Availability of data and materials

The datasets used and/or analysed during the current study are available from the corresponding author on reasonable request.

Abbreviations

PedsQL 4.0:

Pediatric quality of life inventory version 4.0

WFIRS-S:

Weiss Functional Impairment Rating Scale-Self-report

CFA:

Confirmatory factor analysis

CFI:

Comparative fit index

RMSEA:

Root mean square error of approximation

ICC:

Intraclass correlation coefficient

IRT:

Item response theory

GRM:

Graded response model

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Acknowledgements

The authors thank all study participants for providing data for this study.

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No funding was provided for this study.

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HH designed the study, managed, analyzed and interpreted the data, provided critical comments, and revised the paper. BK designed the study, analyzed and interpreted the data, drafted and revised the manuscript. MAH and FM collected the data and drafted the manuscript. JTM provided critical comments involving the design of this study and overarching aims, data analysis interpretation, and edited the manuscript for style and language. All authors read and approved the final manuscript.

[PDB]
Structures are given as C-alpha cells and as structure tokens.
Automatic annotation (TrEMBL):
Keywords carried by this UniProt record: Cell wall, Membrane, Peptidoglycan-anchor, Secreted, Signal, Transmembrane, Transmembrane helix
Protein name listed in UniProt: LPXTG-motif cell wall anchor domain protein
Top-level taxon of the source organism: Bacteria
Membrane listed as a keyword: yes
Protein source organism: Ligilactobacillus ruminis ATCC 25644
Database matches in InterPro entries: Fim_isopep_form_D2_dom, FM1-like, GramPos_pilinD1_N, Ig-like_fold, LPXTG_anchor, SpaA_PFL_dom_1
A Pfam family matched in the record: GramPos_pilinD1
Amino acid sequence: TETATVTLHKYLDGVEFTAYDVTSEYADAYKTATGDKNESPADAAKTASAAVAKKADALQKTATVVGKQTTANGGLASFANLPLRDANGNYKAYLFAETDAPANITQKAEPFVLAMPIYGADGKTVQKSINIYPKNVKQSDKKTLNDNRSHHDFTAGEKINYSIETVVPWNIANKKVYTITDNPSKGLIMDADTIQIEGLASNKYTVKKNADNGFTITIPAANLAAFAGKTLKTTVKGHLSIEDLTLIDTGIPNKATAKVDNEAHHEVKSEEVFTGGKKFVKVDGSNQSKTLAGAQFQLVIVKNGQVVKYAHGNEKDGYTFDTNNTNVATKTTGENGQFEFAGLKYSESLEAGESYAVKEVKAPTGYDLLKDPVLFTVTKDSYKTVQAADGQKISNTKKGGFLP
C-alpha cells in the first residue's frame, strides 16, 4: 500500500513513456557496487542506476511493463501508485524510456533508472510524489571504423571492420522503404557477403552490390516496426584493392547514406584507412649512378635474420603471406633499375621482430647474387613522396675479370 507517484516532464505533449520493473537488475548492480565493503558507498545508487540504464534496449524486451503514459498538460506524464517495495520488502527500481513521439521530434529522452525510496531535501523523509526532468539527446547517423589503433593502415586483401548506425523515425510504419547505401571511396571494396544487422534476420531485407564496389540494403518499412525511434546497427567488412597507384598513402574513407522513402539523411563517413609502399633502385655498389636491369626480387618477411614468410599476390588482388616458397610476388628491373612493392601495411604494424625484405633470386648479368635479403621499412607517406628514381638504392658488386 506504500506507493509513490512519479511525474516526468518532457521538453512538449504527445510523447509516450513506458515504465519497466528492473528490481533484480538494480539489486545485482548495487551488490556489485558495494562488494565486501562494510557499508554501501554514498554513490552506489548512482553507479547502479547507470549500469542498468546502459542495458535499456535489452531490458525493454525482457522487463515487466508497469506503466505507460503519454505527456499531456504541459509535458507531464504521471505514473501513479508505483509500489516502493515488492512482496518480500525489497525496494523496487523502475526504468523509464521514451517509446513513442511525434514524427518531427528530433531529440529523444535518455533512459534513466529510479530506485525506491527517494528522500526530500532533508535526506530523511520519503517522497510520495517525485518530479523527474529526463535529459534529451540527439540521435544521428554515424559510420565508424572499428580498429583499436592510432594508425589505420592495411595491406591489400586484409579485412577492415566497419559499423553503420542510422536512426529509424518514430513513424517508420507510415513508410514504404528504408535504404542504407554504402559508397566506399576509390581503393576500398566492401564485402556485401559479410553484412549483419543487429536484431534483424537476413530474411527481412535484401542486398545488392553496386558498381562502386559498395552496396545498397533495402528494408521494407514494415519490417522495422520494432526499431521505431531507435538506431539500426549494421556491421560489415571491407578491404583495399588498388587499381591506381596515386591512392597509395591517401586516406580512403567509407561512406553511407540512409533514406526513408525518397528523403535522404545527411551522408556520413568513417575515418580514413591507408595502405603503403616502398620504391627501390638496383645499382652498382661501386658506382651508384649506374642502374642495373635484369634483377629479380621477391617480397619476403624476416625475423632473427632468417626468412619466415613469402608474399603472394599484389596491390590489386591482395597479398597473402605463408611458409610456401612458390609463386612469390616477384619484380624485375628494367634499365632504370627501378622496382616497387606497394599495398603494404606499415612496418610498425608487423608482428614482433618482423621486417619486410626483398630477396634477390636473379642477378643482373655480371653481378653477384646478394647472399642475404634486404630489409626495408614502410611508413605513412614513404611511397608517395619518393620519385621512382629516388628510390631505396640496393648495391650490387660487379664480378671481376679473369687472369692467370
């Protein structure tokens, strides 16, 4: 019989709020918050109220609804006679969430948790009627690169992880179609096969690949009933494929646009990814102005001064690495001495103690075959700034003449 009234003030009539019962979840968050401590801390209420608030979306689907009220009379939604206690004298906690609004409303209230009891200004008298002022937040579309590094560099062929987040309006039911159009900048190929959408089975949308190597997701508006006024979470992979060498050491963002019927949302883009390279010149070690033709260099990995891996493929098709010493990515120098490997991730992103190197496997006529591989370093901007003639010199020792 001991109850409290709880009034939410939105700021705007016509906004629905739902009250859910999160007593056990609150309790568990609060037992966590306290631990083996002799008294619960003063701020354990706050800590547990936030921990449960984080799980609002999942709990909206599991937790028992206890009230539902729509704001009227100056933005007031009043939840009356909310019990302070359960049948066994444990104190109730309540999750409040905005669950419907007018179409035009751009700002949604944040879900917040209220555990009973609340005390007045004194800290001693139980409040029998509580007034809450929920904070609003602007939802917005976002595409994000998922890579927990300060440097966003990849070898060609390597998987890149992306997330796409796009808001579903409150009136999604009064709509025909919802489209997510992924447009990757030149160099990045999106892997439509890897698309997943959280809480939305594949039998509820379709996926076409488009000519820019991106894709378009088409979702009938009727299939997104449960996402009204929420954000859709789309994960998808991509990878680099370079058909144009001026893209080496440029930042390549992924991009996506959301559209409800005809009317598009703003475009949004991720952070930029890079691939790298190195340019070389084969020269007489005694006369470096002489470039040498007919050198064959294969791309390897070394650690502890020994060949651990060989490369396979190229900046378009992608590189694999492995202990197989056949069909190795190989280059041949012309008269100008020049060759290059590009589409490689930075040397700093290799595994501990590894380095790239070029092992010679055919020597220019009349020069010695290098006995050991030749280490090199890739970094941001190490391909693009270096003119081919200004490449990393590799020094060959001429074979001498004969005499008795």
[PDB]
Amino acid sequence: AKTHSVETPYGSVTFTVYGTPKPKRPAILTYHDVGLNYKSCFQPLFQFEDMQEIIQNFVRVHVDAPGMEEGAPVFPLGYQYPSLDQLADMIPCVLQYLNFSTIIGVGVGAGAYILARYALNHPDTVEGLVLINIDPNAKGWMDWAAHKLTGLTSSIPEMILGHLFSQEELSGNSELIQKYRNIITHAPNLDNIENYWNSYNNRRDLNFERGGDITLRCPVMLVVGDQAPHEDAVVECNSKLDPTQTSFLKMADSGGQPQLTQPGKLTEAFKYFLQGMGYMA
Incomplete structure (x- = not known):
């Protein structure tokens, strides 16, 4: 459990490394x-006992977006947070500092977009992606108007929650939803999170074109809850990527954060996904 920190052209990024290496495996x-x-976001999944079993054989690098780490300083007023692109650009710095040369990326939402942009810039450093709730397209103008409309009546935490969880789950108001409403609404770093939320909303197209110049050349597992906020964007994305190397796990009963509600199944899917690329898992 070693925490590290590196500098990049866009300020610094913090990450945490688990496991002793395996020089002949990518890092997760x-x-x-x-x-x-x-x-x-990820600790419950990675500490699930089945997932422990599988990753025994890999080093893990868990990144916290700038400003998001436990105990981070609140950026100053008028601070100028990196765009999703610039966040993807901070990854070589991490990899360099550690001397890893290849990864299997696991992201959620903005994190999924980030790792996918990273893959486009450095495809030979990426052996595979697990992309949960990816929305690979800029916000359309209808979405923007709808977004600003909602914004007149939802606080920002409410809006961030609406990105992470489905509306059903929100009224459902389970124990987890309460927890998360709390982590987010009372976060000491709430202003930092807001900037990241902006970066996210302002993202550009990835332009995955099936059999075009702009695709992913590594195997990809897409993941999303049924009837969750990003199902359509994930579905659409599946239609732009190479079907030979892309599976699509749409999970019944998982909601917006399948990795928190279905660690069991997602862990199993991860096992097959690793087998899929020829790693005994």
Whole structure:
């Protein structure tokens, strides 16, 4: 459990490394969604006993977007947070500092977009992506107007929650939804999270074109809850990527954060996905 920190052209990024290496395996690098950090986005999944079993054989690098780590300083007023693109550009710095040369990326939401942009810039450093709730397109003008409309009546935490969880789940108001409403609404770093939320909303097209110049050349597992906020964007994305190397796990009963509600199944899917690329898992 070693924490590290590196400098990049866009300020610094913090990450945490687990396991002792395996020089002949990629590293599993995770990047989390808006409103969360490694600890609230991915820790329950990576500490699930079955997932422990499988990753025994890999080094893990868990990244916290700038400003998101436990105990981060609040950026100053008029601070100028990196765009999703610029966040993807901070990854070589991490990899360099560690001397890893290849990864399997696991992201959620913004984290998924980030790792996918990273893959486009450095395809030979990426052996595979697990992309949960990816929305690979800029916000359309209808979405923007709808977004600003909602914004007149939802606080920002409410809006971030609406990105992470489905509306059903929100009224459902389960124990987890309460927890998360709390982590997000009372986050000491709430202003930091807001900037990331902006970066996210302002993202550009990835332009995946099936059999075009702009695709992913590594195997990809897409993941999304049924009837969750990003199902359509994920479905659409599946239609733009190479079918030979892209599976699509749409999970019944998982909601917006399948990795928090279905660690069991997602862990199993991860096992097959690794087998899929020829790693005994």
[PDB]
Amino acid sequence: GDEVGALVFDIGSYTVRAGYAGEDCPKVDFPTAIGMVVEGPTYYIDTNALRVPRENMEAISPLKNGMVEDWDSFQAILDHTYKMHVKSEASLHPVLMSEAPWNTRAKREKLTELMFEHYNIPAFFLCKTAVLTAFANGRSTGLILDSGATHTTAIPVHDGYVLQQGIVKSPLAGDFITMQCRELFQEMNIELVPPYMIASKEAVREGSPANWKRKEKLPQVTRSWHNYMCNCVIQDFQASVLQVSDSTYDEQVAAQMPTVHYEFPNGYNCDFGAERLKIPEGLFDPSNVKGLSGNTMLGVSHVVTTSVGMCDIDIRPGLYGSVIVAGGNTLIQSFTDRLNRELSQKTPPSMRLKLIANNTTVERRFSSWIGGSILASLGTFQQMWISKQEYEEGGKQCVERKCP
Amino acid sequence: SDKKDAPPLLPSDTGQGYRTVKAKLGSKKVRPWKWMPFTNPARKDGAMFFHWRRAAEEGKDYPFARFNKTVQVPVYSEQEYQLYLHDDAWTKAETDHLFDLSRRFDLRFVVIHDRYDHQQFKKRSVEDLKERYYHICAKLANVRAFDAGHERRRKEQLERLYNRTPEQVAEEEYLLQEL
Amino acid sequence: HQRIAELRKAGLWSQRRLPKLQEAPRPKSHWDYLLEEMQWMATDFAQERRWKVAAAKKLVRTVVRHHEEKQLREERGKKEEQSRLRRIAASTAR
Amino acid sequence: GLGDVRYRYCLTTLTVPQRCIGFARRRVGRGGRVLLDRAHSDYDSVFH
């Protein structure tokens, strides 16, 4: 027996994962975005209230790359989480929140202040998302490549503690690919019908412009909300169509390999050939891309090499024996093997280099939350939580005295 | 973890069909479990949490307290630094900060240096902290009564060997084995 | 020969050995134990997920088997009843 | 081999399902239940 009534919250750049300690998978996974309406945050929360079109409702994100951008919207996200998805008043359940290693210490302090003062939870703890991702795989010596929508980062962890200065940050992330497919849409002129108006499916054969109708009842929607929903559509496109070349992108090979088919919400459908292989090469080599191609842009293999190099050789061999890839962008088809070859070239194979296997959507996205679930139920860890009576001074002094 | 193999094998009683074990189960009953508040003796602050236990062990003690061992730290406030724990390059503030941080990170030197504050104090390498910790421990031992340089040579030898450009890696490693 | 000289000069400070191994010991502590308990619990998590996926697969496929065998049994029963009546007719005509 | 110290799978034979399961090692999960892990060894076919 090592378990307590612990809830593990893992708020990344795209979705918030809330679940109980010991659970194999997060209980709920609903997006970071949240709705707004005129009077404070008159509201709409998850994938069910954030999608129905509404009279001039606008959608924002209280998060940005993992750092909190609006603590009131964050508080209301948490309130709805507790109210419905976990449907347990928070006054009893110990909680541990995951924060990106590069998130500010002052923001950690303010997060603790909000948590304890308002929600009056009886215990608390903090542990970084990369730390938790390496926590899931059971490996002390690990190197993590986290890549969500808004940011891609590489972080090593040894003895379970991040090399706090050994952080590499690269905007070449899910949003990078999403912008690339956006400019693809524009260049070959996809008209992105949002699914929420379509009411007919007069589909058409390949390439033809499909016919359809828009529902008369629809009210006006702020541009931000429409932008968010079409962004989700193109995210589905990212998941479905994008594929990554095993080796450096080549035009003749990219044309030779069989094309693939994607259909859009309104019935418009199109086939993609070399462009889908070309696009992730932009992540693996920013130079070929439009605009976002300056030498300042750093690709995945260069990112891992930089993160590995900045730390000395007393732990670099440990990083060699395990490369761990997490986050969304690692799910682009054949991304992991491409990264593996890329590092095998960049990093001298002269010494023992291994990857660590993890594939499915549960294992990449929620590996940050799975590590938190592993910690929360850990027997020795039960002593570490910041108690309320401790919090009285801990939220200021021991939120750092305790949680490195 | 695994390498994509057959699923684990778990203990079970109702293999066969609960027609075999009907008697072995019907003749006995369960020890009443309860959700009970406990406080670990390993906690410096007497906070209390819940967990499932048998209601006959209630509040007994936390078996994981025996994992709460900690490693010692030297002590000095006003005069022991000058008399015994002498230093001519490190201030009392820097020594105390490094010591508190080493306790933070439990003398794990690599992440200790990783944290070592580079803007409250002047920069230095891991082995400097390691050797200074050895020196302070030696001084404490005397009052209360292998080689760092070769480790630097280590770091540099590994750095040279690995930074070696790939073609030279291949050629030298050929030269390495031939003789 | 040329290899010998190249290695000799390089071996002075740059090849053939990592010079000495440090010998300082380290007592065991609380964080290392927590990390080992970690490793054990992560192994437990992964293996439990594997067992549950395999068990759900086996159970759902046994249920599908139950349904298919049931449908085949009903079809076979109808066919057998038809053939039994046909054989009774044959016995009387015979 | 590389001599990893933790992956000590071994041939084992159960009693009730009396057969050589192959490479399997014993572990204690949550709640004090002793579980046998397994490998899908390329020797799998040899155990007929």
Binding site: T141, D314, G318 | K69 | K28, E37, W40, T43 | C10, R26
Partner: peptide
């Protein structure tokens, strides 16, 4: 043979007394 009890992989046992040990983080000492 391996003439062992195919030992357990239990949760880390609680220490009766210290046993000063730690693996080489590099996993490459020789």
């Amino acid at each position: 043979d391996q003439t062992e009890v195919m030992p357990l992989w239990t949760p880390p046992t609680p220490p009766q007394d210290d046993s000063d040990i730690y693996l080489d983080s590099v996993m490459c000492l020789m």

Corresponding author

Correspondence to Behnaz Kiani.

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This study was approved by the Research Ethics Committee of School of Psychology of Shiraz University and also by the Research Ethics Committee of the Shiraz School Board. All participants provided assent and their parents provided written consent.

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The authors declare that they have no competing interests.

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Hadianfard, H., Kiani, B., Azizzadeh Herozi, M. et al. Health-related quality of life in Iranian adolescents: a psychometric evaluation of the self-report form of the PedsQL 4.0 and an investigation of gender and age differences. Health Qual Life Outcomes 19, 108 (2021). https://doi.org/10.1186/s12955-021-01742-8

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Keywords

  • PedsQL 4.0
  • Quality of life
  • Internal consistency
  • Test–retest reliability
  • Construct validity
  • Item response theory (IRT)
  • Convergent validity
  • Adolescents